African horse sickness (AHS) is an infectious disease that can affect all species of equidae (for example, horses, donkeys, zebras, ponies).
The clinical signs seen are dependant upon which form of the disease is present:
Acute respiratory form
High fever, difficulty breathing, coughing and frothy discharge from the nostrils, mouth open and head hanging down. The mortality rate is very high with up to 95% of severely affected animals dying within a week.
Fever, followed by swelling of the head and eyes, lips, cheeks and under the jaw. Loss of the ability to swallow and possible colic symptoms, pinpoint bleeding in the membranes of the mouth and eyes. The mortality rate is around 60% and death results from heart failure.
Mild respiratory signs followed by the typical swellings of the cardiac form.
Fever with low temperatures 40 to 40.5 degrees celcius in the morning rising to a high peak in the afternoon. Horse generally unwell.
In the majority of cases, the subclinical cardiac form is suddenly followed by marked shortness of breath and other signs typical of the pulmonary form.
How African horse sickness is spread
The primary way this virus is transmitted is through midges (Culicoides Spp). The spread of disease can be influenced by climatic conditions that favour the proliferation of the vector midges, including warm, moist weather and high rainfall, as well as spread by wind dispersal.
Once a horse has been bitten by a carrier midge, the incubation period of AHS is usually 7 to 14 days, but may be as short as two days.
Although AHS is not directly contagious (i.e. it is not transmitted directly between horses), it can remain in infected horses for a few weeks, enabling it to be transferred via blood-sucking midges or even contaminated hypodermic needles.
It is possible for disease to be transmitted by equipment such as dental, obstetric and veterinary instruments, for example needles and scalpels.
Vaccination of horses
Although attenuated live vaccines are available internationally, these are not considered to be sufficiently effective or safe to be suitable for use in Europe.
Human health implications
There are no human health implications because the disease is not zoonotic.
How to control the disease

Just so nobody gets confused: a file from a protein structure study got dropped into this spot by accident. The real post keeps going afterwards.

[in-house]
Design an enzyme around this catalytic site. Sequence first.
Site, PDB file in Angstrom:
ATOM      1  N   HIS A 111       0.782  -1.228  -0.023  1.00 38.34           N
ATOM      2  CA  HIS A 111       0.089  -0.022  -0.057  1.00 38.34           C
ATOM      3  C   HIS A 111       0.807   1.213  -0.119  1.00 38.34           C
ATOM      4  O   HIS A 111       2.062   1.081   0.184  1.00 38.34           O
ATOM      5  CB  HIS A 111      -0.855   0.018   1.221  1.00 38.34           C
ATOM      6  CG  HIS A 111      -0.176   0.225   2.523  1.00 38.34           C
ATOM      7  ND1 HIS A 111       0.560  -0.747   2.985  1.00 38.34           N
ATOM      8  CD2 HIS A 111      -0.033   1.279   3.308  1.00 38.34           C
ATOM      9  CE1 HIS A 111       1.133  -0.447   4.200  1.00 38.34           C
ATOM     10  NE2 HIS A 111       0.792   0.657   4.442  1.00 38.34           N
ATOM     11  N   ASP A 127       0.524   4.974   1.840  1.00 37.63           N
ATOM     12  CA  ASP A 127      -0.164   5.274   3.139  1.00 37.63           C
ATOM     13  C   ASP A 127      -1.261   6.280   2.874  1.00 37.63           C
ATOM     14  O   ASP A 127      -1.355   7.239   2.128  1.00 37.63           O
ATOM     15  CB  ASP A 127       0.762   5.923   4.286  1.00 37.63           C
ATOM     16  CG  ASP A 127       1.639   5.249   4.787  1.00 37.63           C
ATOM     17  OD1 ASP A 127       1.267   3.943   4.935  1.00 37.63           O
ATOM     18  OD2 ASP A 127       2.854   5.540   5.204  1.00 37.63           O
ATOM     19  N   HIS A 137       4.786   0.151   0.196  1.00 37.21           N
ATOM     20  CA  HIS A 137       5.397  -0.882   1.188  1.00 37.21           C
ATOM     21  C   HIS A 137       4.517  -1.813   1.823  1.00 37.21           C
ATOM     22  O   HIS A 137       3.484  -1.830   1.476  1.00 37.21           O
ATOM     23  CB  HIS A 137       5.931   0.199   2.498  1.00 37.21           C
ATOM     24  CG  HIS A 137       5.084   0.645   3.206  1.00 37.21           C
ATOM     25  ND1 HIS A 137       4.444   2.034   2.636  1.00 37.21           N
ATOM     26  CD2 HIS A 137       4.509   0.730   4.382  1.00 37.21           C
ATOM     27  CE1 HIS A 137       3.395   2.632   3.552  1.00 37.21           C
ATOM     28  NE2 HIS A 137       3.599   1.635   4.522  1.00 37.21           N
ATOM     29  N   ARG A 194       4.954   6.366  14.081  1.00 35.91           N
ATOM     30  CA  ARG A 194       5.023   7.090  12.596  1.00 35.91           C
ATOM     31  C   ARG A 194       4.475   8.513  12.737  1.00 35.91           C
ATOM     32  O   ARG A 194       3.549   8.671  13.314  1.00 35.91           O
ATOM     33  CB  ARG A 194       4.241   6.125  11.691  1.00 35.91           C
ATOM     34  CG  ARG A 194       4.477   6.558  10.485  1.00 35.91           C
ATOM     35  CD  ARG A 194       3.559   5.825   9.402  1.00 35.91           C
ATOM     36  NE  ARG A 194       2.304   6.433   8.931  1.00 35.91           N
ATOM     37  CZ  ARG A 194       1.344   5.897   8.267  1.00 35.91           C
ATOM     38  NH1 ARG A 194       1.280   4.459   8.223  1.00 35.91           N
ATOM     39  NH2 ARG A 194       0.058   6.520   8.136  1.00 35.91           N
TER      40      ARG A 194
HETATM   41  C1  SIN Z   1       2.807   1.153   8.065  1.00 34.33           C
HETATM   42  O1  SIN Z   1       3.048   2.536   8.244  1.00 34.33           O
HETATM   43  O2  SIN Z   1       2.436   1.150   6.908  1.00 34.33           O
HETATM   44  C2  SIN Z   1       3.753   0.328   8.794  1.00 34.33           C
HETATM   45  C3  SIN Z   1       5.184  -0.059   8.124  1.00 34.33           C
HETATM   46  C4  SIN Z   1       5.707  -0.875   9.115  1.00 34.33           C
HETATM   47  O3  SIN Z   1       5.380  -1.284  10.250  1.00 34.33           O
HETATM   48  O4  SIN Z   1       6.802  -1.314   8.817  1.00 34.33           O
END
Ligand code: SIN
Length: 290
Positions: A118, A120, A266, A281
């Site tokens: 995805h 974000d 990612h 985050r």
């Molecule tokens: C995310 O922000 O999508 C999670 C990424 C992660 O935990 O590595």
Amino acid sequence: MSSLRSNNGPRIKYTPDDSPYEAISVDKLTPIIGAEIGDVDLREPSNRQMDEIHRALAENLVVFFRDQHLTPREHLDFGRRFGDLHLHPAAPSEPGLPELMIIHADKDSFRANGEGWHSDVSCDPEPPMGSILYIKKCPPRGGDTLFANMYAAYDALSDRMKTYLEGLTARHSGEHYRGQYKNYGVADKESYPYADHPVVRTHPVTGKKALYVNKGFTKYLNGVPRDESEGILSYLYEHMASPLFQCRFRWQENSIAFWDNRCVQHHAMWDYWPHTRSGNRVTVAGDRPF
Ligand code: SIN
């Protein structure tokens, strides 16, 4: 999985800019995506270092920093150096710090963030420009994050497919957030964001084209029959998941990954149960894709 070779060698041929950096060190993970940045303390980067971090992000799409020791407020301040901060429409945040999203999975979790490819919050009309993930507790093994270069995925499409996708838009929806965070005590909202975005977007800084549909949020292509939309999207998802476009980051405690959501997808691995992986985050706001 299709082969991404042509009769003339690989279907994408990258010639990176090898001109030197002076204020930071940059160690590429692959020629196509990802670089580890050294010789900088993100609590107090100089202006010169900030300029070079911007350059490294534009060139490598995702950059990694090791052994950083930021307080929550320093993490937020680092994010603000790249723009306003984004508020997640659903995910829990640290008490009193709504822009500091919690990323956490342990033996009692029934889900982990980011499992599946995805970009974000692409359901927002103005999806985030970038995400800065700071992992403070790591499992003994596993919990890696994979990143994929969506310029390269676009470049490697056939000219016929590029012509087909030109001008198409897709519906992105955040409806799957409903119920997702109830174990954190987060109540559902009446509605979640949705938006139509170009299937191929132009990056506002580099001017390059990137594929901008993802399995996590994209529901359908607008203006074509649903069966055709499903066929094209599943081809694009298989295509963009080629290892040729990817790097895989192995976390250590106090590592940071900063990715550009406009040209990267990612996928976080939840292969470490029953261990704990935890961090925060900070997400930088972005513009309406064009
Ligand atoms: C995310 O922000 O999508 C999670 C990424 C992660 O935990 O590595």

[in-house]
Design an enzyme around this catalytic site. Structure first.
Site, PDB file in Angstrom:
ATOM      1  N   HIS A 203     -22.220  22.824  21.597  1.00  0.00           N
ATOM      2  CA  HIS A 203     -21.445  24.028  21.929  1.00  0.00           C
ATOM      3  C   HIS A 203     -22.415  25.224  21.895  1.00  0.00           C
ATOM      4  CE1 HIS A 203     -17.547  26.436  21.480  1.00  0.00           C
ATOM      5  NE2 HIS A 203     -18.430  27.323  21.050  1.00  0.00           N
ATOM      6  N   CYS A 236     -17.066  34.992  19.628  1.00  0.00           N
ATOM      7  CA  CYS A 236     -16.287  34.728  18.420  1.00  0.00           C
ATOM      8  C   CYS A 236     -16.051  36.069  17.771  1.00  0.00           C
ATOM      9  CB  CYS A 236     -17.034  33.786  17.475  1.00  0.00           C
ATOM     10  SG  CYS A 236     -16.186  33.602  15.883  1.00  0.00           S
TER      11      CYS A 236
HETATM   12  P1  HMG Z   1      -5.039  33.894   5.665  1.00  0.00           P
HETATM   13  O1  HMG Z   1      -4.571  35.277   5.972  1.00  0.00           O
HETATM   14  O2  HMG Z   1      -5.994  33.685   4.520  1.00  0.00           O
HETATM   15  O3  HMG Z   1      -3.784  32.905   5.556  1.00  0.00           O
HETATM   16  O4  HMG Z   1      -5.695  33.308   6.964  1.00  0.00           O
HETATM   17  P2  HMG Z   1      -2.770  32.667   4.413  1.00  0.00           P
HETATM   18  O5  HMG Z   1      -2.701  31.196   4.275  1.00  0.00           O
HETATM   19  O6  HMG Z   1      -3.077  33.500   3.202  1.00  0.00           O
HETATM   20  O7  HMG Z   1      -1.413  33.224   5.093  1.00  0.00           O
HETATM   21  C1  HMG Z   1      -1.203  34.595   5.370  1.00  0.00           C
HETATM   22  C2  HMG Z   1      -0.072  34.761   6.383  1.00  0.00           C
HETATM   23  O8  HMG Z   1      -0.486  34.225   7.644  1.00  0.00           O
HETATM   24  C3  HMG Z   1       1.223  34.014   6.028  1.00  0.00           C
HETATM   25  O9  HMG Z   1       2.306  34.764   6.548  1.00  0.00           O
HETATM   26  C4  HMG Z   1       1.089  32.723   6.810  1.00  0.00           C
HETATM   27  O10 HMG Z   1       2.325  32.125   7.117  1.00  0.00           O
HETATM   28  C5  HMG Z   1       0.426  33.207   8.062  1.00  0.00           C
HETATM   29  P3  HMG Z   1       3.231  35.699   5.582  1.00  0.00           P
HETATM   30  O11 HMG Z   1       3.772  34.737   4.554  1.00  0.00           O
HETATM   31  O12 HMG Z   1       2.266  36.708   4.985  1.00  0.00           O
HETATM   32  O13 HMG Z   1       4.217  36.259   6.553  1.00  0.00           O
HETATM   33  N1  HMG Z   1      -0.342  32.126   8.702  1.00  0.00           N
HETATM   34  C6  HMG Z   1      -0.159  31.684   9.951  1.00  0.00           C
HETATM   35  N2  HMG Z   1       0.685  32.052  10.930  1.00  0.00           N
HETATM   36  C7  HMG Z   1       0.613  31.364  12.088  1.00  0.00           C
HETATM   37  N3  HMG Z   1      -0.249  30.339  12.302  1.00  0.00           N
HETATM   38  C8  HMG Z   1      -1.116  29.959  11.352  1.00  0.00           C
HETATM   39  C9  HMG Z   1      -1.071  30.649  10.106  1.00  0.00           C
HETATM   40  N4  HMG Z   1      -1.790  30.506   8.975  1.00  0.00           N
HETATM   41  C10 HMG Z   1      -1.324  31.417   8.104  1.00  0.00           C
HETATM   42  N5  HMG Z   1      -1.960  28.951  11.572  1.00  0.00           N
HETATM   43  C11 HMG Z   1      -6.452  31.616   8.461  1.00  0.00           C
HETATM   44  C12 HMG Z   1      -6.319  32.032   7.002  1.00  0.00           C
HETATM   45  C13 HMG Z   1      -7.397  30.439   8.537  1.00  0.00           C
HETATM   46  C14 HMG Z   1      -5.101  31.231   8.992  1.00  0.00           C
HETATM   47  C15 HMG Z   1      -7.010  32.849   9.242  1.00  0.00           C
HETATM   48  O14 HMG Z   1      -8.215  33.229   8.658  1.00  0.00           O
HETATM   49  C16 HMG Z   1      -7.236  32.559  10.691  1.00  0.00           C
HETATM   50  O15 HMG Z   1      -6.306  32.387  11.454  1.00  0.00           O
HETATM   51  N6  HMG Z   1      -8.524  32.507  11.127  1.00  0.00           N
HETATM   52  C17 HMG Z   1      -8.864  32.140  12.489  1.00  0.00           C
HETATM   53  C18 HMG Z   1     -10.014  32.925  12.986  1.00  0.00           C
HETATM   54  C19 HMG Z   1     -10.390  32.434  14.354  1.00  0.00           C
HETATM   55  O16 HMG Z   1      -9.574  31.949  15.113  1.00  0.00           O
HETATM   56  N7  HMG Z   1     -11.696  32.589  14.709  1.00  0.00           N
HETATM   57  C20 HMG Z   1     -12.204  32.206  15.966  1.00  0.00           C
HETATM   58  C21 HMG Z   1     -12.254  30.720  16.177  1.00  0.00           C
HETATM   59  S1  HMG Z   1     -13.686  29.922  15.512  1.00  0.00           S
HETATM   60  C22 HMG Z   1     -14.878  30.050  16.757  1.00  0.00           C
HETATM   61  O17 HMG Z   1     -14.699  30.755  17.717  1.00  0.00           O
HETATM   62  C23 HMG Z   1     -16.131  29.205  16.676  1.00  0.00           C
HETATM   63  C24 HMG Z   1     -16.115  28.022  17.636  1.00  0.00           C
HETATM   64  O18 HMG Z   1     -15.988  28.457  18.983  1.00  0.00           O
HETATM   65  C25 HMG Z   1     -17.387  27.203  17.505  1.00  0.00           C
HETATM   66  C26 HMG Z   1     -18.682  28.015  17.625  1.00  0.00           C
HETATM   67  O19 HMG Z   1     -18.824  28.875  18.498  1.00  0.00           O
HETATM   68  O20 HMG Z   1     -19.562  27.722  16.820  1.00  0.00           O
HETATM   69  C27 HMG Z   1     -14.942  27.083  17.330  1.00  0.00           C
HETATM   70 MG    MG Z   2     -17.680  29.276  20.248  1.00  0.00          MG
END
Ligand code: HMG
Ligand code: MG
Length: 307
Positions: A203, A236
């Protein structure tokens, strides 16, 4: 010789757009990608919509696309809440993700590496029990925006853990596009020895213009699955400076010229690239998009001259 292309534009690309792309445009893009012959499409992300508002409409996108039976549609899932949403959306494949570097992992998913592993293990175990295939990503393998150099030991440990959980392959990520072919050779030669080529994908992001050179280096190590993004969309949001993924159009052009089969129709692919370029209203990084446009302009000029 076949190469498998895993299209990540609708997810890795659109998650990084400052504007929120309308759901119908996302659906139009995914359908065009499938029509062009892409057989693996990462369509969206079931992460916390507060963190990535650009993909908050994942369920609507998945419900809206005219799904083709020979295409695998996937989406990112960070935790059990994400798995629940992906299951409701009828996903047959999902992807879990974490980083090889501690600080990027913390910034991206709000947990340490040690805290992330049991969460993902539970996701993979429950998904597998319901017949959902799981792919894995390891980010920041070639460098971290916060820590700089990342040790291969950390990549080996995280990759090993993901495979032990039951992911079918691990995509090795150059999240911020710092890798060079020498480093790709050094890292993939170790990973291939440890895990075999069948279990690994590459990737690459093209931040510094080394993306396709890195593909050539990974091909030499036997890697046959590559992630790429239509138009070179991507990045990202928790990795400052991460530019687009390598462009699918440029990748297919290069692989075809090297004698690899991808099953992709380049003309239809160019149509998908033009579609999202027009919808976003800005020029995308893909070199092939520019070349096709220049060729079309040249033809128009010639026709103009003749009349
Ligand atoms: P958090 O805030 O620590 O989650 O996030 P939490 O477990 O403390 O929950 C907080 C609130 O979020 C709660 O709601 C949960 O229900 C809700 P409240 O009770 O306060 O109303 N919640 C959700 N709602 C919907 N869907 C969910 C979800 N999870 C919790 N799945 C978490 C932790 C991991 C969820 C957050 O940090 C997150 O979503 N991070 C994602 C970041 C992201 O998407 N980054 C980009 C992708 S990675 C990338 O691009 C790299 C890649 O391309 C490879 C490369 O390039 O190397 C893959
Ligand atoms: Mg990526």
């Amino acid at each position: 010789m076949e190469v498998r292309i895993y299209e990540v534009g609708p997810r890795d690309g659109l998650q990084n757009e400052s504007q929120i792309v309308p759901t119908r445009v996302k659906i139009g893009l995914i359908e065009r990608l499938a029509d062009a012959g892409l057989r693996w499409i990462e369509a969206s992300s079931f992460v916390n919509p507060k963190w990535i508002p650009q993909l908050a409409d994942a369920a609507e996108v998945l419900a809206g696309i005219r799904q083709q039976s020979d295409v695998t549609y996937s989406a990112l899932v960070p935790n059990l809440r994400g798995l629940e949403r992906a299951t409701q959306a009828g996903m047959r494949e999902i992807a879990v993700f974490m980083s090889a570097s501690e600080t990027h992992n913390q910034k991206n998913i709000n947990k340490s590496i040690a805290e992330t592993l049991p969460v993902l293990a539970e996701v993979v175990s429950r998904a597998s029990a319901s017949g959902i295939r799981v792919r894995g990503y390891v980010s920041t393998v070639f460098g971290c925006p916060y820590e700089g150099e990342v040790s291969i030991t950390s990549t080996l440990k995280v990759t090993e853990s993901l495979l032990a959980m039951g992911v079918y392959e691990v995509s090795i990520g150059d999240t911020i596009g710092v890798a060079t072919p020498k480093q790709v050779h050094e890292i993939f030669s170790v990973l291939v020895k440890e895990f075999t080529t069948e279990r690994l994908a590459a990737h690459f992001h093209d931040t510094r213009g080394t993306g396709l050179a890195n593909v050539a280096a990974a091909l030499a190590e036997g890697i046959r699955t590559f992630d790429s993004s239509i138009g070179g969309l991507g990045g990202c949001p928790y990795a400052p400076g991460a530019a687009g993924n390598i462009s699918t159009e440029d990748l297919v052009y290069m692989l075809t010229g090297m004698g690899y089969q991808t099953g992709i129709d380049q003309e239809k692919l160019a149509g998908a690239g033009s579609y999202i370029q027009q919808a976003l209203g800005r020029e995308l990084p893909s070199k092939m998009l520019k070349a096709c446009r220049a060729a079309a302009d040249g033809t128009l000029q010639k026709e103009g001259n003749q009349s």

The African Horse Sickness Control Strategy for Great Britain describes how an outbreak would be managed. This document sets out the measures applied in the event of an outbreak and summarises the wider framework aimed at preventing and limiting an incursion.
If the disease is confirmed the outbreak will be controlled in line with the contingency plan for exotic notifiable diseases.
Since AHS could spread throughout GB, this framework is endorsed by Scottish Government, Defra, and Welsh Government, although responsibility for management of an outbreak in respective regions falls to the respective governments.
The African Horse Sickness (Scotland) Order 2012 provides for declarations of infected premises, slaughter of infected animals, investigations by veterinary inspectors and certain movement restrictions.
Biosecurity for horses
The Government's policy on disease control is that prevention is better than cure. This approach works by reducing the chances of a disease entering the animal population, and if it does then it can be quickly spotted and dealt with through the preventative measures.
Biosecurity is about being aware of the ways disease can spread, and taking every practical measure to minimise the risk of disease spreading.
If you suspect signs of any notifiable diseases, you must immediately notify your Scotland: field service local office at the Animal and Plant Health Agency (APHA). Failure to do so is an offence.
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